France steps up security after blood-soaked week
France announced an unprecedented deployment of thousands of troops and police to bolster security at "sensitive" sites including Jewish schools Monday, the day after marches that drew nearly four million people across the country.
"We have decided ... to mobilise 10,000 men to protect sensitive sites in the whole country from tomorrow (Tuesday) evening," Defence Minister Jean-Yves Le Drian said after an emergency security meeting.
"This is the first time that our troops have been mobilised to such an extent on our own soil," he added.
Ahead of the meeting, Prime Minister Manuel Valls said one of the attackers, Amedy Coulibaly, who gunned down a policewoman and four Jewish shoppers at a kosher supermarket, likely received help from others.
"I don't want to say more, but investigations are continuing into these attacks, this barbaric terrorist acts. We think there are in fact probably accomplices," Valls told French radio.
"The hunt will go on," he pledged.
The alert level in the shell-shocked country remained at its highest possible, as the interior minister announced the deployment of nearly 5,000 police to guard Jewish schools and places of worship.
Bernard Cazeneuve said he was putting in place a "powerful and durable" system of protection for France's Jewish community, the largest in Europe.
The announcement of the fresh security measures came after more than 1.5 million people in Paris marched Sunday in unity and solidarity for those murdered, in the biggest rally in modern French history.
In an extraordinary show of unity, dozens of world leaders, including from Israel and the Palestinian Authority, linked arms at the front of the march that was spearheaded by victims' families.
All major newspapers splashed photos of the sea of humanity on the French capital's streets, with banner headlines reading "A people rise up", "Freedom on the march," and "France stands up".
During an emotional and colourful rally, the crowd brandished banners saying "I'm French and I'm not scared".
In tribute to the cartoonists slaughtered at the offices of satirical magazine Charlie Hebdo, the crowd also held aloft signs saying: "Make fun, not war" and "Ink should flow, not blood".
As Hollande proclaimed Paris the "capital of the world", hundreds of thousands of people turned out in other French cities and marches were held in Berlin, Brussels, Istanbul and Madrid as well as in US and Canadian cities.
- 'New anti-Semitism' -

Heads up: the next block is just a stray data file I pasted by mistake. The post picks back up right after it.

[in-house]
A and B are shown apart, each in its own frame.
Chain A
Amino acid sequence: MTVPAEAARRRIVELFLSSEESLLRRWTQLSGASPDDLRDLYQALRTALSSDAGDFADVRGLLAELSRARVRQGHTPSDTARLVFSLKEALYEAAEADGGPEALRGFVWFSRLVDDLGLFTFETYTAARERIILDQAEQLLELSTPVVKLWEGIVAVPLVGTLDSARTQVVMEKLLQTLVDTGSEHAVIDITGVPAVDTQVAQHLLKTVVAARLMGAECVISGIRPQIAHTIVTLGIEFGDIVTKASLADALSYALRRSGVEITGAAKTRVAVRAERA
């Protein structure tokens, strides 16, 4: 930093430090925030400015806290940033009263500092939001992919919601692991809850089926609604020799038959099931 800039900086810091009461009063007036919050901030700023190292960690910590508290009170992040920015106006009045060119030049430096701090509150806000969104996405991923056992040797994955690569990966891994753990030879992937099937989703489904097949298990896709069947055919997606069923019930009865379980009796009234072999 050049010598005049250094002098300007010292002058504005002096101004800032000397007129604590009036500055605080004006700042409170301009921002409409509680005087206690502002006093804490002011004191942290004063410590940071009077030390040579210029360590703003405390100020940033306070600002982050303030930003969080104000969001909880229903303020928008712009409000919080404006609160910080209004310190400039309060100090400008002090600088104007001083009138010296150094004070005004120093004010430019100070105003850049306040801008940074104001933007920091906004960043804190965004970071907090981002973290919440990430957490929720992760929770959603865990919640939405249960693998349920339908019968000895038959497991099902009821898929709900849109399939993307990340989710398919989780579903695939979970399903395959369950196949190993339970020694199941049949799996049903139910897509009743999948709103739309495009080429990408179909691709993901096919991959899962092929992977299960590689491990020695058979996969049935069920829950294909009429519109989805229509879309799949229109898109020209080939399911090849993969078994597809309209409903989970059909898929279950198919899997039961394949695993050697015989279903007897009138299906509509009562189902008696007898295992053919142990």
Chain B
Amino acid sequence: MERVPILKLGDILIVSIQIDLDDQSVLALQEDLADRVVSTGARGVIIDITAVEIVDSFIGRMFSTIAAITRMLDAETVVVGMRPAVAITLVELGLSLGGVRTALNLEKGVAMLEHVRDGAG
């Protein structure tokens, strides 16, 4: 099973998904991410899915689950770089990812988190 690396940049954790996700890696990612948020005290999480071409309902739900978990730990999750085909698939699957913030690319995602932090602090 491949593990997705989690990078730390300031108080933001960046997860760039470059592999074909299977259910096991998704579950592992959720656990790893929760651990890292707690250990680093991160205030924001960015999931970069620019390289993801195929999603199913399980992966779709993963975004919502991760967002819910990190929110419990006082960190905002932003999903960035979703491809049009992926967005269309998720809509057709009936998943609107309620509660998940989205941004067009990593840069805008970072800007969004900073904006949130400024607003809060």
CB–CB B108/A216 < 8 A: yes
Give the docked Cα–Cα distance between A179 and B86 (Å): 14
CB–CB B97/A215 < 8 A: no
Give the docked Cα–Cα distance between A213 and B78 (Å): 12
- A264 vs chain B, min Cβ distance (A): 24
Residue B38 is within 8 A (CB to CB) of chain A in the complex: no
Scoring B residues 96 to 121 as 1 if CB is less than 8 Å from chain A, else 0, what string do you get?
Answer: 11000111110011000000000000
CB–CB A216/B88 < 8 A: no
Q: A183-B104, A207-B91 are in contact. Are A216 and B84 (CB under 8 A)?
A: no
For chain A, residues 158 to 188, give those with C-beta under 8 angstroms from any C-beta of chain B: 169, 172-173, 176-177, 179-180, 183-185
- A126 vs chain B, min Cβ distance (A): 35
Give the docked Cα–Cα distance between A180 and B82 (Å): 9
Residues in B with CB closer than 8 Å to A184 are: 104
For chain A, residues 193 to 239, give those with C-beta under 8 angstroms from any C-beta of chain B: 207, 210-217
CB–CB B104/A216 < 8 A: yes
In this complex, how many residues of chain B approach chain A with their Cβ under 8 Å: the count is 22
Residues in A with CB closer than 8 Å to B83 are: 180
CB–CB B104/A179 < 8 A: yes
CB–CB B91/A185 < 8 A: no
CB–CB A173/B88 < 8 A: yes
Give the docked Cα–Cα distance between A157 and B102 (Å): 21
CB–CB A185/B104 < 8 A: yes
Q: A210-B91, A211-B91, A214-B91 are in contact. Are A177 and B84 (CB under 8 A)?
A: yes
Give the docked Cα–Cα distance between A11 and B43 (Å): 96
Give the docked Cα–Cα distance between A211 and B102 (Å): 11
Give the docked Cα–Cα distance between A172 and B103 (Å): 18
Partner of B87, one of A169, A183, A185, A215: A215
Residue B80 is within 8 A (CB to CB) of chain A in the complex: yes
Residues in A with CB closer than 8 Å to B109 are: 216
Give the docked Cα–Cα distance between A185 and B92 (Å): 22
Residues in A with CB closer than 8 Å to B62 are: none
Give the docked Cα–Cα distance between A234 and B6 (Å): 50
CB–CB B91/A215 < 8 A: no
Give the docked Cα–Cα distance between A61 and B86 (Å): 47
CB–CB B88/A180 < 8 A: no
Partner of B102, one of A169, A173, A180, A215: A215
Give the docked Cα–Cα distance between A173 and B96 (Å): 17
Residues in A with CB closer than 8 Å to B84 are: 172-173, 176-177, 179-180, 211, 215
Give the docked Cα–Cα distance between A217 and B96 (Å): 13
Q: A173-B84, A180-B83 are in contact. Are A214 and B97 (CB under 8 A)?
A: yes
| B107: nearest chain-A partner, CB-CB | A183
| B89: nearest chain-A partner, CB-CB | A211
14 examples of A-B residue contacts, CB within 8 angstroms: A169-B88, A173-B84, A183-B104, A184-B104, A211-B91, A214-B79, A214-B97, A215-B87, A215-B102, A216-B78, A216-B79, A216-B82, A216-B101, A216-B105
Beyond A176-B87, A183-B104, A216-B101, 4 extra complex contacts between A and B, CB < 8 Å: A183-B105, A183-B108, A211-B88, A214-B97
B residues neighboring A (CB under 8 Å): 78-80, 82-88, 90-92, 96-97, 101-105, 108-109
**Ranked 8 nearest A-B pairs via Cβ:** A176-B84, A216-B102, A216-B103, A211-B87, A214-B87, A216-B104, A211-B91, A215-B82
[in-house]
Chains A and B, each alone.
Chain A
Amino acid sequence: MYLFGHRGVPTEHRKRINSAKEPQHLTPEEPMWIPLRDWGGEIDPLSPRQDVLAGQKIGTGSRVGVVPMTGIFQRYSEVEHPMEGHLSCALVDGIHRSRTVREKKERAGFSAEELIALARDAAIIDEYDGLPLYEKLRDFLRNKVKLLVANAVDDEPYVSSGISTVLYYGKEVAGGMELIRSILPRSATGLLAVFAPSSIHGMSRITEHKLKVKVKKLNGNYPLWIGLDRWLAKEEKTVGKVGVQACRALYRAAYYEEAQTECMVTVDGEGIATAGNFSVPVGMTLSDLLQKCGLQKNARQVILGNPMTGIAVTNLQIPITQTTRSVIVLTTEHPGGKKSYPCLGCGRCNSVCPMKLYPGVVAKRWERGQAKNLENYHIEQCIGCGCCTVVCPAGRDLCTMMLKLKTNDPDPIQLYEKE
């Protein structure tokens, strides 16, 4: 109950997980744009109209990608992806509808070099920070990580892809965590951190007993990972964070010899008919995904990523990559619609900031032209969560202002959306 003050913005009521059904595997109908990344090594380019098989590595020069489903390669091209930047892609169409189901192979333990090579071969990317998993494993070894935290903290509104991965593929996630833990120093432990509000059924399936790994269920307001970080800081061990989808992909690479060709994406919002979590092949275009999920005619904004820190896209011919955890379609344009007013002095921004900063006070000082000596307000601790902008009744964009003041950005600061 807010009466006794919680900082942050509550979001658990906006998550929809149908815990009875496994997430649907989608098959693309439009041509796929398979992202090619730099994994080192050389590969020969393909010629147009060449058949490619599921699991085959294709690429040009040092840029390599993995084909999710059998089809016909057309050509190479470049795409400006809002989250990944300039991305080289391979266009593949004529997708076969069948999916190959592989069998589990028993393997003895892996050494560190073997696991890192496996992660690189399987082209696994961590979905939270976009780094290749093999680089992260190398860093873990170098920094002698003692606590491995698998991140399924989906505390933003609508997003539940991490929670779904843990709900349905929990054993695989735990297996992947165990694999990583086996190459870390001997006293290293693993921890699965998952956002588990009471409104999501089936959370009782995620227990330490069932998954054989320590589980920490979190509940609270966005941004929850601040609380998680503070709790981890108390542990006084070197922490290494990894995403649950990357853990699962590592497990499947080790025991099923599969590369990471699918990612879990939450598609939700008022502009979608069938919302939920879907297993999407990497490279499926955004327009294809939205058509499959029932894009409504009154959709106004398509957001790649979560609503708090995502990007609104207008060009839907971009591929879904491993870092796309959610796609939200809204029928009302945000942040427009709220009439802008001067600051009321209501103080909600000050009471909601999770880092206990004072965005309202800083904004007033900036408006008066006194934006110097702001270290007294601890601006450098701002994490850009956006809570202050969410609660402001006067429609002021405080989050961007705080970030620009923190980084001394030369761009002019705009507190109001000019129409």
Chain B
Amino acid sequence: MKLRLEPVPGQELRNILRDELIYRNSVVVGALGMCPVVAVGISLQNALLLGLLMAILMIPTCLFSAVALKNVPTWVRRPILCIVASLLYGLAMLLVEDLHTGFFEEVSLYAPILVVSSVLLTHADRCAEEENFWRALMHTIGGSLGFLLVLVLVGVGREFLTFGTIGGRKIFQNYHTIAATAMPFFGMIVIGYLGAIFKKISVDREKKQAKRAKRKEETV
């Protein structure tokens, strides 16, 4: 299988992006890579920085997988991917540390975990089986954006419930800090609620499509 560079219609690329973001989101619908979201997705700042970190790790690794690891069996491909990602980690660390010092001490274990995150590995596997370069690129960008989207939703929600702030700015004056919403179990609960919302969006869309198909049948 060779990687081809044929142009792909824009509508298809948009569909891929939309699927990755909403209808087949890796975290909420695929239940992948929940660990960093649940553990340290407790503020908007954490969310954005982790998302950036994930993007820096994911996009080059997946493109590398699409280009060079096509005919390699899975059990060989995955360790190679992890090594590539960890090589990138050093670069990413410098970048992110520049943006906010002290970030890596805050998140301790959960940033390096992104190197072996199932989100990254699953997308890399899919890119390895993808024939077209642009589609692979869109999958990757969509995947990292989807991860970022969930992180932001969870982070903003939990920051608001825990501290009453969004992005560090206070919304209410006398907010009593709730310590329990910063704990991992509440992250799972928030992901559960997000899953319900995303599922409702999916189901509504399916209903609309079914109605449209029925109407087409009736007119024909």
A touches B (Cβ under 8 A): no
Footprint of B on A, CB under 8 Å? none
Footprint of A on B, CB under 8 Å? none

Hollande has warned his grieving countrymen not to let down their guard and questions were mounting as to how the attackers slipped through the intelligence services' net.
As well as Coulibaly, brothers Said, 34, and Cherif Kouachi, 32, who carried out the Charlie Hebdo murders, had a history of extremism and were known to French intelligence.
Valls has admitted there were "clear failings" after it emerged that the Kouachi brothers had been on a US terror watch list "for years".
He told French radio on Monday he wanted to see an "improved" system of tapping phones which had to perform better.
Said was known to have travelled to Yemen in 2011, where he received weapons training from Al-Qaeda in the Arabian Peninsula, while Cherif was a known jihadist who was convicted in 2008 for involvement in a network sending fighters to Iraq.
Coulibaly was a repeat criminal offender who had been convicted for extremist Islamist activity.
All three were shot dead by security forces Friday after a three-day reign of terror that culminated in twin hostage dramas.
Investigators have been trying to hunt down Coulibaly's partner, 26-year-old Hayat Boumeddiene, but a security source in Turkey told AFP she arrived there on January 2, before the attacks, and has probably travelled on to Syria.
Coulibaly's mother and sisters condemned his actions, saying "we hope there will not be any confusion between these odious acts and the Muslim religion".
Israeli Prime Minister Benjamin Netanyahu was Monday to visit the scene of the hostage drama at the kosher supermarket in eastern Paris that gripped the world.
Netanyahu had joined Hollande at the main synagogue in Paris after Sunday's march to honour the Jewish victims, and praised the "very firm position" taken by French leaders against what he called "the new anti-Semitism and terrorism" in France.
© 2015 AFP